BrothBlog.jpgBroth, stock, and bone broth have come to the forefront of cooking and nutrition in recent years. From cafes serving broth in takeaway coffee cups to Sydney's first bone broth cafe in Bronte serving brothsicle and broth smoothies, it is a product that has gained a huge amount of interest.

It seems that terms like stock and broth are used interchangeably, and so it always helps to read the labels and understand how a product is made.

But what's the real difference between stock, broth, and bone broth?

Broth
Broth is a lightly flavoured liquid - often found in soups as a base. It has a relatively short cooking time, usually 45 minutes up to 2 hours. The water is simmered with vegetables, aromatics like herbs, and meat - which can include some bones.
The main objective of this kind of broth is to create a flavour base for other cooking or a soup of its own. Broth usually stays fluid when chilled.

Stock (from meat/bones)
Stock has a deeper flavour and a medium cooking time, usually 4 - 6 hours. Ingredients are similar to broth, but bones are essential and are sometimes roasted. The goal of cooking bones in stock over a longer period of time is to extract the collagen from the connective tissue being simmered. This is also why joint bones are flavoured for stocks. This makes stock have a gelatinous quality, and when chilled it will have the texture of jelly. Unlike broth, stock is generally not served on its own. Instead, it is strained and used as a base for rich sauces or gravies, it is also a great binder instead of cream or butter.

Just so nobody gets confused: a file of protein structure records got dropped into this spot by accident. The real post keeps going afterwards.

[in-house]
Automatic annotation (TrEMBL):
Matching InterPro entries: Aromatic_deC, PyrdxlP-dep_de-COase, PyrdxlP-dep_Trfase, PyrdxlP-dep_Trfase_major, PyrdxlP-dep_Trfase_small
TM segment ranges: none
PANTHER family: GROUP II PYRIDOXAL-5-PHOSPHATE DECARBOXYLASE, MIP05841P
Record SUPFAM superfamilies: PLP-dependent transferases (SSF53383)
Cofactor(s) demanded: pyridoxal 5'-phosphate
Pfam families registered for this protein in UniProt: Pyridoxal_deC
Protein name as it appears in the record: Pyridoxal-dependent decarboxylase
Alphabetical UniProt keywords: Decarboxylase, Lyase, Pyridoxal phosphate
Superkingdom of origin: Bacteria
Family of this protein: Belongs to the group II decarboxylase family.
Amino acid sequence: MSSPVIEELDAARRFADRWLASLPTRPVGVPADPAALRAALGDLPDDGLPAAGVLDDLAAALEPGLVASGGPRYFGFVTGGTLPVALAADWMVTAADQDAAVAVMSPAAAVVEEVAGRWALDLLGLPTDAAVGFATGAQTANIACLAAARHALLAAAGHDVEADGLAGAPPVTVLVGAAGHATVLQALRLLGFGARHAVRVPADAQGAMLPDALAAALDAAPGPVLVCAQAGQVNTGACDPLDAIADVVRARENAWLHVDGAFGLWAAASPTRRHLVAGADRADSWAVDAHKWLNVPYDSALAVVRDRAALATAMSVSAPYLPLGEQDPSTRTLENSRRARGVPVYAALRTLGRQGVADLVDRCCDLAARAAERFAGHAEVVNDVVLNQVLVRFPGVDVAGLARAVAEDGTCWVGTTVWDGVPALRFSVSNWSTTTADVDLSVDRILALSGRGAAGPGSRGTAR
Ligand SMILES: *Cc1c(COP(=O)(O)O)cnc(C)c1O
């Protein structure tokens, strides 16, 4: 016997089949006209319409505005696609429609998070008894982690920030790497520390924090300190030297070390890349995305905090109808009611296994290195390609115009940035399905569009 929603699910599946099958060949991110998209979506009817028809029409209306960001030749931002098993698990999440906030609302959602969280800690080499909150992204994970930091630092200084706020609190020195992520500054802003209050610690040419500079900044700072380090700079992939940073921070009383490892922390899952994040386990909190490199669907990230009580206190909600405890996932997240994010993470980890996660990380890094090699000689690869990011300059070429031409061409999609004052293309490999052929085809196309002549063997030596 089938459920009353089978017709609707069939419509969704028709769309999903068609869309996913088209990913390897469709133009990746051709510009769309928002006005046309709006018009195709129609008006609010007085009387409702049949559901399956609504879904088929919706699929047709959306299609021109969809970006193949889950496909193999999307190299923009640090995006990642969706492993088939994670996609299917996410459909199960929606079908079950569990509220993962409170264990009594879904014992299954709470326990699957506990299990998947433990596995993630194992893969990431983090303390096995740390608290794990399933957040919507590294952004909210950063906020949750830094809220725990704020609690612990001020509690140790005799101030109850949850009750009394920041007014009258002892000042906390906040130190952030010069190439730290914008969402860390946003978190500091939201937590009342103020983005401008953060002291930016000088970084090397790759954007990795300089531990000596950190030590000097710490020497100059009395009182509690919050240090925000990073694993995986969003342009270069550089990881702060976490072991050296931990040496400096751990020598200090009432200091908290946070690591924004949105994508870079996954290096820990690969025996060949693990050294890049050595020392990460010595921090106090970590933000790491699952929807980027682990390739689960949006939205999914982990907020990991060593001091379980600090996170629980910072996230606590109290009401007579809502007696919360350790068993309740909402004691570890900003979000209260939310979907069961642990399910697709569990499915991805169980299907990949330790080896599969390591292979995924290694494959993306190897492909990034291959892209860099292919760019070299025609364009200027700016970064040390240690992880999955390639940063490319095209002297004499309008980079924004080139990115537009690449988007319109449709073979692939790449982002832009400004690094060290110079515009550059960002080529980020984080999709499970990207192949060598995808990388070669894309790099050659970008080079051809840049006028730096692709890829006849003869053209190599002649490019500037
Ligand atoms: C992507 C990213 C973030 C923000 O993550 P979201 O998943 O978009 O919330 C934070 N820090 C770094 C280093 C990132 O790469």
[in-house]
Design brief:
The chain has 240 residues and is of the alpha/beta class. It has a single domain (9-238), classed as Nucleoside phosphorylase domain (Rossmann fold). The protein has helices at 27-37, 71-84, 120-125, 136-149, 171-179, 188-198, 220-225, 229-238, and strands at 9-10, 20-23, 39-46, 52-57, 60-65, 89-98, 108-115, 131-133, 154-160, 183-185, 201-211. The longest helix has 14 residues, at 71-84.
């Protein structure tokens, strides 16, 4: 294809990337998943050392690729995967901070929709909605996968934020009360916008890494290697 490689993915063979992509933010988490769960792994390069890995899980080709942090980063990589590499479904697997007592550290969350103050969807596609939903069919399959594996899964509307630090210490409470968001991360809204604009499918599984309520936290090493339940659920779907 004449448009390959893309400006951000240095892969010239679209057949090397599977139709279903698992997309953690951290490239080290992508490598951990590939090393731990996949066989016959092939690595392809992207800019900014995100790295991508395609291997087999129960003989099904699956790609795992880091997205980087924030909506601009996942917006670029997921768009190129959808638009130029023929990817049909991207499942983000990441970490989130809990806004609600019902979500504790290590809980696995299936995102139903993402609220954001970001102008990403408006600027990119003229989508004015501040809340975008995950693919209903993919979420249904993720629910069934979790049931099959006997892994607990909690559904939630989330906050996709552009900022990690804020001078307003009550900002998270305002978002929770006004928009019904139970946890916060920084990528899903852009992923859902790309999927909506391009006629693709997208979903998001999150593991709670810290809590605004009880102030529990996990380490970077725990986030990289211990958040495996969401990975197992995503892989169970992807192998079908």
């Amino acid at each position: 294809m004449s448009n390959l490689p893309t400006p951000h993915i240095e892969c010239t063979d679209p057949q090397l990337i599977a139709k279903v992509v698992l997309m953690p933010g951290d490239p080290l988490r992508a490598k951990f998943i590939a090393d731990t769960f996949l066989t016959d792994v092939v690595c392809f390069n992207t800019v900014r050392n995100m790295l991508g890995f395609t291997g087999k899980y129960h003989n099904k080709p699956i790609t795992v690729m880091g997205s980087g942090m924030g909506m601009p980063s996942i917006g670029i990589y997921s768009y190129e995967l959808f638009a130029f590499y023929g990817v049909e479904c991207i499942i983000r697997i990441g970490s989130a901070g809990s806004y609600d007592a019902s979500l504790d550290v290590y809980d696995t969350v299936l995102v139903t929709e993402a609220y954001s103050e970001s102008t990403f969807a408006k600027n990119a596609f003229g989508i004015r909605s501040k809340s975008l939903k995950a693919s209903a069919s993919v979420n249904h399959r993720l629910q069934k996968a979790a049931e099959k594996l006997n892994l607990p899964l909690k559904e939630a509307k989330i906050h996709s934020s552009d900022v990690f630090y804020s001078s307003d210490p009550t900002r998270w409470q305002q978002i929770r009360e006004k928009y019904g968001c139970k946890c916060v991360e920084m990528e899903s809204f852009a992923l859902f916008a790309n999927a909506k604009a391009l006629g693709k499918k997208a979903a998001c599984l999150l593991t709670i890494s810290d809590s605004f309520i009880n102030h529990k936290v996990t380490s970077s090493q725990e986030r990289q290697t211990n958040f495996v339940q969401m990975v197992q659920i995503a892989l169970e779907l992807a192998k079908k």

Vegetable Broth and Stock
Without the gelatin from bones to make the liquid thicker, broth and stock made from vegetables are essentially the same thing. Some manufacturers may add gelatin to a vegetable stock, to give it that thickening quality.

Bone Broth
Bone broth is something of a cross-over between broth and stock. Its primary ingredient is bones, usually roasted and sometimes with meat still attached. However, the cooking time is much longer - often more than 24 hours. The aim of a bone broth, is to not only to extract the gelatin like a stock does, but to also unlock nutritious minerals from the bones. The bone broth is strained and can be seasoned to be enjoyed on its own, like broth. Or it can be used in cooking, to enhance sauces and gravies, like a stock.

Bone broth is exceptionally good for our health as well. It unlocks all the vitamins and mineral in the bones and enables our bodies to absorb them. The gelatin helps protect and repair your gut linings, and glucosamine helps with joint pain. Collagen also supports joint health and healthy skin. The high mineral content also boosts immune systems. And it makes sense in a way that the vitamins and minerals from bone broth, like calcium, magnesium, and phosphorus, help support bone health too.
Bone broth is versatile, it works for soups and sauces. And it makes them taste even better, and it's good for you! What's not to love!

Try some this week - we've got you covered on all bases.

Frozen Bone Broths - Chicken and Beef from My Star Anise

Fresh Bone Broths and NO Bones Broth - Chiken, Beef & Vegetable from Undivided Food - Good Bones

Long Life Bone Broth - Chicken & Beef from O for Organic

Long Life Stock - Beef, Chicken & Vegetable from Momo's Kitchen

Powdered Artisan Stock - Vegetable from San Elk

Stock Cubes - Vegetarian from Naturata

Stock - Powdered Vegan from Marigold

Long Life Broth - Vegetable & Chicken from Pacific Foods.

...or of course you could buy some Marrow Bones (also available) and try making your own!